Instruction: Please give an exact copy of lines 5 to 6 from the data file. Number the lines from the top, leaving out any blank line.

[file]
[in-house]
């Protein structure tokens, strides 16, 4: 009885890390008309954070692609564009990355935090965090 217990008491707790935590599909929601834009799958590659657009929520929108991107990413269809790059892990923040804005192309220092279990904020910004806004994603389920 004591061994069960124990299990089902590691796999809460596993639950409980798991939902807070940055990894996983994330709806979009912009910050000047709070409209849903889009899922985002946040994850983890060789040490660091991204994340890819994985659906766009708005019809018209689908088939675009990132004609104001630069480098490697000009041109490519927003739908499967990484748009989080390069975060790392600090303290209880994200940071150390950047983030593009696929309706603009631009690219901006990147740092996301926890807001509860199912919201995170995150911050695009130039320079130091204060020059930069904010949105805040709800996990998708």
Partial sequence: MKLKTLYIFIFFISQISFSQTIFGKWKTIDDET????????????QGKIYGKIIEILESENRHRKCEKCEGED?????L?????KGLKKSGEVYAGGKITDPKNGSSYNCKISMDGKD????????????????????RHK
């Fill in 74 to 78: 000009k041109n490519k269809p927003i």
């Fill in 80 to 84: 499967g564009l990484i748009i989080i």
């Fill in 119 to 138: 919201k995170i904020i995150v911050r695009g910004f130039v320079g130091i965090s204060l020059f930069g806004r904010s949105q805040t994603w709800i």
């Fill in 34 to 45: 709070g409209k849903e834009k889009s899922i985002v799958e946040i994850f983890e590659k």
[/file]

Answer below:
């Fill in 80 to 84: 499967g564009l990484i748009i989080i």
């Fill in 119 to 138: 919201k995170i904020i995150v911050r695009g910004f130039v320079g130091i965090s204060l020059f930069g806004r904010s949105q805040t994603w709800i």